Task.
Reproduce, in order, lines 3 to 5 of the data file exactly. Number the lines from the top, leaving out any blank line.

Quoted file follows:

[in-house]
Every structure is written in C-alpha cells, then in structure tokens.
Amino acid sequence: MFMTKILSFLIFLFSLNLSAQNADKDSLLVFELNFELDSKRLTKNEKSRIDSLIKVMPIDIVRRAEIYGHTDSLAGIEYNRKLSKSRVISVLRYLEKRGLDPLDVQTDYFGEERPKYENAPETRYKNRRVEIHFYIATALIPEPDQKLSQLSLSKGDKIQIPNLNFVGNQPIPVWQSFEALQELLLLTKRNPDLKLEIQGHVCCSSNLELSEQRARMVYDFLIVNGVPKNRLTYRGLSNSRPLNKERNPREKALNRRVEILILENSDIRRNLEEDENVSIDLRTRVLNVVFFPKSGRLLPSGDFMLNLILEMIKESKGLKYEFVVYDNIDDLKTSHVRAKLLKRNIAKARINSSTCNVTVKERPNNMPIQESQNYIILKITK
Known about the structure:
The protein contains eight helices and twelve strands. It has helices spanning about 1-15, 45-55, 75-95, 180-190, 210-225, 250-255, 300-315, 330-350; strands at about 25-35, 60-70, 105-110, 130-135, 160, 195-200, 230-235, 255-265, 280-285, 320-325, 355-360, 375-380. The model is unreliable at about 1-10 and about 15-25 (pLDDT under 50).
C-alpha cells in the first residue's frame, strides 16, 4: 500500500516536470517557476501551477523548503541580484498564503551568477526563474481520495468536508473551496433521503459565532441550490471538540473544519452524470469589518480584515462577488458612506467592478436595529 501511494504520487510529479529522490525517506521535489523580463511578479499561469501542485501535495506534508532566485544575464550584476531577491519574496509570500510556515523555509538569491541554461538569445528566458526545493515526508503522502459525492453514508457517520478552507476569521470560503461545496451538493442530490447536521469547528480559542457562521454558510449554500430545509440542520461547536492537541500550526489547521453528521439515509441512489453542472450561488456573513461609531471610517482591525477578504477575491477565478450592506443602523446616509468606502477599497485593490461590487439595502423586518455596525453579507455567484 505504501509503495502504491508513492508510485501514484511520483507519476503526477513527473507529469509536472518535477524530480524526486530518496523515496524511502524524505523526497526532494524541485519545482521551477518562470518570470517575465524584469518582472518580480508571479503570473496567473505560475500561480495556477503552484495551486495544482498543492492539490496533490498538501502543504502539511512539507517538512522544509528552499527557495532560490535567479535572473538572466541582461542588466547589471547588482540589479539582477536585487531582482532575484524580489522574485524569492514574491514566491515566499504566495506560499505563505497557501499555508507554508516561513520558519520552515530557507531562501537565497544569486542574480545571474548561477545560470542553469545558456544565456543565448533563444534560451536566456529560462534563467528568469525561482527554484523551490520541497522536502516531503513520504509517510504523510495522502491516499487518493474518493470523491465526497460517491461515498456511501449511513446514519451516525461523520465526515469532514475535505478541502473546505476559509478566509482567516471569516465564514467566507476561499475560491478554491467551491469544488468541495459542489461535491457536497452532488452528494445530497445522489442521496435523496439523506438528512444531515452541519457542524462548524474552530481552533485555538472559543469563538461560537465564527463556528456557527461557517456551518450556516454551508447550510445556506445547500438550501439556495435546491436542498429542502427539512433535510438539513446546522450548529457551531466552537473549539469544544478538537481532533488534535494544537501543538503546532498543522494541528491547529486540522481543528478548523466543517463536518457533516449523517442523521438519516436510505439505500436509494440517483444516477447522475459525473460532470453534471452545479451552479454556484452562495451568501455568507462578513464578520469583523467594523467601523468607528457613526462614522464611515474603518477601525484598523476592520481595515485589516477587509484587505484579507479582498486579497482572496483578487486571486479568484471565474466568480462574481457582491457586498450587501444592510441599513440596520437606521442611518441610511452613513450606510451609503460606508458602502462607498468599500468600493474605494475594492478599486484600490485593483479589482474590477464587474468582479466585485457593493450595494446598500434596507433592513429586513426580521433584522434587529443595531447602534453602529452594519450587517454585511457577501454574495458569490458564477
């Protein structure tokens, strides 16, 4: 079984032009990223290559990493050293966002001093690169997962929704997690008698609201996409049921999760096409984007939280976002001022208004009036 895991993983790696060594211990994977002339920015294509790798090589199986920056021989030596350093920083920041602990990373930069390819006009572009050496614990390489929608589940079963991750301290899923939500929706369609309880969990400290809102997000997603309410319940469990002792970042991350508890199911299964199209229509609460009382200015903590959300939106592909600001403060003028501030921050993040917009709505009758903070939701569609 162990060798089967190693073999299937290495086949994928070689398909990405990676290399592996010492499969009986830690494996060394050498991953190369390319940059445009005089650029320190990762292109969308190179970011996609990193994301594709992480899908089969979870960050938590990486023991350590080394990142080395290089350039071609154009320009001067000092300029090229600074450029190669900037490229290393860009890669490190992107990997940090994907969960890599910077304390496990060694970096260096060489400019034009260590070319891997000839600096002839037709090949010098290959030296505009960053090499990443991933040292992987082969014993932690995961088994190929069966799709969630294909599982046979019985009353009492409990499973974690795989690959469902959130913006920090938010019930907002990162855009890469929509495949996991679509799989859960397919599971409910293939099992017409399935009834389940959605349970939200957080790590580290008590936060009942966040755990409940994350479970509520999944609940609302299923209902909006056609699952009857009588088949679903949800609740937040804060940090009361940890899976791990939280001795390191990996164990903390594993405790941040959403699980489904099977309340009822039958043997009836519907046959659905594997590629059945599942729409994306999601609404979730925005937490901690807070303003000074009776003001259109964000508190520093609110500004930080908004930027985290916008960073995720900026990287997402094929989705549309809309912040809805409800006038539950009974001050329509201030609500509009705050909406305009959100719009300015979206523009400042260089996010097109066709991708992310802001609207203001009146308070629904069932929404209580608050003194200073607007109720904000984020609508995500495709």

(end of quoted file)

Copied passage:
Amino acid sequence: MFMTKILSFLIFLFSLNLSAQNADKDSLLVFELNFELDSKRLTKNEKSRIDSLIKVMPIDIVRRAEIYGHTDSLAGIEYNRKLSKSRVISVLRYLEKRGLDPLDVQTDYFGEERPKYENAPETRYKNRRVEIHFYIATALIPEPDQKLSQLSLSKGDKIQIPNLNFVGNQPIPVWQSFEALQELLLLTKRNPDLKLEIQGHVCCSSNLELSEQRARMVYDFLIVNGVPKNRLTYRGLSNSRPLNKERNPREKALNRRVEILILENSDIRRNLEEDENVSIDLRTRVLNVVFFPKSGRLLPSGDFMLNLILEMIKESKGLKYEFVVYDNIDDLKTSHVRAKLLKRNIAKARINSSTCNVTVKERPNNMPIQESQNYIILKITK
Known about the structure:
The protein contains eight helices and twelve strands. It has helices spanning about 1-15, 45-55, 75-95, 180-190, 210-225, 250-255, 300-315, 330-350; strands at about 25-35, 60-70, 105-110, 130-135, 160, 195-200, 230-235, 255-265, 280-285, 320-325, 355-360, 375-380. The model is unreliable at about 1-10 and about 15-25 (pLDDT under 50).